Bobby Fischer’s ”CHECKMATE” in Boy’s Life
SPRAGGETT ON CHESS
One of my favourite sites is Edward Winter’s http://www.chesshistory.com/ ! A source of reliable information on all aspects of chess, past and present, carefully researched and then double-checked before being published. Certainly a must read for every serious student of the history of the game.
In Winter’s most recent column (http://www.chesshistory.com/winter/extra/fischer2.html) the contents of Fischer’s ”checkmate” column in the Boy Scouts of America’s magazine—Boy’s Life—from the 1960’s is discussed, issue by issue. I reproduce somewhere below the first part of this wonderful article.
History of Boy’s Life Magazine
In 1911, George S. Barton, of Somerville, Massachusetts, founded, edited, and published the first edition of Boys’ Life magazine, calling it Boys’ and Boy Scouts’ Magazine. He was not referring to the Scouts we envision today but to the three major competing Scouting organizations of the time: the American Boy Scouts, New England Boy Scouts, and Boy Scouts of America (BSA).
Barton’s first issue of Boys’ Life was published on January 1, 1911. “Volume 1, Number 1” was printed on the magazine’s flag. However, very few of the 5,000 printed copies actually reached the public. The more commonly accepted first edition was published on March 1, 1911, following its expansion from eight to 48 pages, a reduction in page size, and the addition of a two-color cover.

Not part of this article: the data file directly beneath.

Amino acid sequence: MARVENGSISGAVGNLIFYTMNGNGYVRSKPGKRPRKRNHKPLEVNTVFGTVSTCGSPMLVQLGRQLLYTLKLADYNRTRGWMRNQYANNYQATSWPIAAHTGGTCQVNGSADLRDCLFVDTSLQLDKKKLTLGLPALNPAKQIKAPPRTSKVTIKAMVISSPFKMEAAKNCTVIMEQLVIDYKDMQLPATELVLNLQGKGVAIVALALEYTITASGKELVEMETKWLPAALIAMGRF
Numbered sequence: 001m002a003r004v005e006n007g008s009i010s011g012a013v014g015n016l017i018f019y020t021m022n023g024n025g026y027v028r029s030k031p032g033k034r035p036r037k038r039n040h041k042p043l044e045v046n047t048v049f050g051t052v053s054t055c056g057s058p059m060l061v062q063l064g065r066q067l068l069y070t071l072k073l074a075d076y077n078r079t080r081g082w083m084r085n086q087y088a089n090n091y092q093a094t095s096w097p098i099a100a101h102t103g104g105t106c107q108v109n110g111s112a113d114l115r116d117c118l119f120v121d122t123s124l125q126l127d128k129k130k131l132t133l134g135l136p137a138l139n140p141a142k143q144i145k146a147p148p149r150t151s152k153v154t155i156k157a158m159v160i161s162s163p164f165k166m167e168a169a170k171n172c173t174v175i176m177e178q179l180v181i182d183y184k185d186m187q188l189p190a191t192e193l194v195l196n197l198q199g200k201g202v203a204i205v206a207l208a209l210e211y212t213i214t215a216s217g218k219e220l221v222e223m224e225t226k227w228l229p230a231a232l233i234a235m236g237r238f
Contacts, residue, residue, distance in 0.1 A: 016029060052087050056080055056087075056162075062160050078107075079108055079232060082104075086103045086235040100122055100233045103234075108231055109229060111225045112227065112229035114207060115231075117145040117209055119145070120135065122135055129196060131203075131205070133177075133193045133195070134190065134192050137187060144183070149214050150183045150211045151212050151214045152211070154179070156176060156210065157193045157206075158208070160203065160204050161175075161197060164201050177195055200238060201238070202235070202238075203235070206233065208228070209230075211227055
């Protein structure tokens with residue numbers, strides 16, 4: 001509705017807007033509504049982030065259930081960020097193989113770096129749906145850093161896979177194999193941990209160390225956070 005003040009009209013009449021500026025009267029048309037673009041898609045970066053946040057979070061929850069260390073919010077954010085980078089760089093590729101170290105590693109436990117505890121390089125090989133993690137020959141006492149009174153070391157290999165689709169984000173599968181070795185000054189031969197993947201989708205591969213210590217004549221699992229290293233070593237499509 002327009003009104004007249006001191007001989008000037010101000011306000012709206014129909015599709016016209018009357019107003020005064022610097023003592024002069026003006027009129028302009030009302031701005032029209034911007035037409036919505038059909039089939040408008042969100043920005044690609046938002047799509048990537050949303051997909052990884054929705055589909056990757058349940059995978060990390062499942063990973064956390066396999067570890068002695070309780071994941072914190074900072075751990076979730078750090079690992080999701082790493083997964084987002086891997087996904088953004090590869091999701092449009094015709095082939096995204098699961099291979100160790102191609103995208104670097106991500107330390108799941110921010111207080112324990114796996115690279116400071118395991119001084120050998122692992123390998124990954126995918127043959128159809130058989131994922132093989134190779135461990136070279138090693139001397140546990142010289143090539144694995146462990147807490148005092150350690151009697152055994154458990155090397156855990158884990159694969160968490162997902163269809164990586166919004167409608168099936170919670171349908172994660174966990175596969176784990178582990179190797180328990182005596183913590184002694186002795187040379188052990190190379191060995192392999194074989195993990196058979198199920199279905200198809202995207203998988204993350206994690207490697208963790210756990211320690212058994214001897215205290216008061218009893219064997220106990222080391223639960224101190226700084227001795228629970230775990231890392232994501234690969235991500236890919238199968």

To promote its “Learning to Read” program, the BSA purchased Boys’ Life from the George S. Barton Company on June 10, 1912, for $6,000. The first Boys’ Life magazine edited at the BSA national office was the July 1912 issue. Dr. James E. West, then Chief Scout Executive, served as the BSA’s first editor of the publication.
Boys’ Life magazines printed 1,101,860,550
Total publications issued 1,068
Total pages of Boys’ Life 72,864
Fischer’s Chess Column in Boys’ Life
We reproduce two C.N. items from 1989 concerning the publication Boys’ Life, which, in the second half of the 1960s, carried a chess column by Bobby Fischer. Firstly, C.N. 1816, on pages 10-17 of the January-February 1989 issue of Chess Notes:
Newz & More
Chess Champ Fischer Dies
American-born chess master Bobby Fischer has died of undisclosed causes at the age of 64.
After years of Russian domination, Fischer became the first American chess champion in 1972 when he defeated Boris Spassky of the Soviet Union in a legendary match. After the victory, Fischer became reclusive. He emerged to defeat Spassky again in 1992, but he never regained his championship.
Fischer finished out his life as a citizen of Iceland. He died in a hospital in the capital city of Reykjavik.
SPRAGGETT ON CHESS